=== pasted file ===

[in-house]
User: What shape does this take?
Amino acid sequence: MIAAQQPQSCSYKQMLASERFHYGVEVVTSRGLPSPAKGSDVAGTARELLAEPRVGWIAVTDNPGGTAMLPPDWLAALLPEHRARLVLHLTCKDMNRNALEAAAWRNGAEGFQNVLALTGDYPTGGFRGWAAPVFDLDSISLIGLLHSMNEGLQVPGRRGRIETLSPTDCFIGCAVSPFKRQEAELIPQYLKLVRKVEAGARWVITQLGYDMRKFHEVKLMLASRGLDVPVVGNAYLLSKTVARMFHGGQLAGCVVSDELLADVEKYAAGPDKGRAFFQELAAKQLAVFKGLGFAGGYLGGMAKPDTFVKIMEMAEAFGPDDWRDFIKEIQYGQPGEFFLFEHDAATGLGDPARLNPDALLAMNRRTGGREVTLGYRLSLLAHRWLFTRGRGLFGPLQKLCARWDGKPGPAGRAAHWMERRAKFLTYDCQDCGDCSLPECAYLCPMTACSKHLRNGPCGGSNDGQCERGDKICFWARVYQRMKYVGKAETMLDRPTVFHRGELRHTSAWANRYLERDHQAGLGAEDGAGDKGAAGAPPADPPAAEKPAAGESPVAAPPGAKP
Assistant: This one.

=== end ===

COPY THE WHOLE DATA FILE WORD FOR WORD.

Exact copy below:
[in-house]
User: What shape does this take?
Amino acid sequence: MIAAQQPQSCSYKQMLASERFHYGVEVVTSRGLPSPAKGSDVAGTARELLAEPRVGWIAVTDNPGGTAMLPPDWLAALLPEHRARLVLHLTCKDMNRNALEAAAWRNGAEGFQNVLALTGDYPTGGFRGWAAPVFDLDSISLIGLLHSMNEGLQVPGRRGRIETLSPTDCFIGCAVSPFKRQEAELIPQYLKLVRKVEAGARWVITQLGYDMRKFHEVKLMLASRGLDVPVVGNAYLLSKTVARMFHGGQLAGCVVSDELLADVEKYAAGPDKGRAFFQELAAKQLAVFKGLGFAGGYLGGMAKPDTFVKIMEMAEAFGPDDWRDFIKEIQYGQPGEFFLFEHDAATGLGDPARLNPDALLAMNRRTGGREVTLGYRLSLLAHRWLFTRGRGLFGPLQKLCARWDGKPGPAGRAAHWMERRAKFLTYDCQDCGDCSLPECAYLCPMTACSKHLRNGPCGGSNDGQCERGDKICFWARVYQRMKYVGKAETMLDRPTVFHRGELRHTSAWANRYLERDHQAGLGAEDGAGDKGAAGAPPADPPAAEKPAAGESPVAAPPGAKP
Assistant: This one.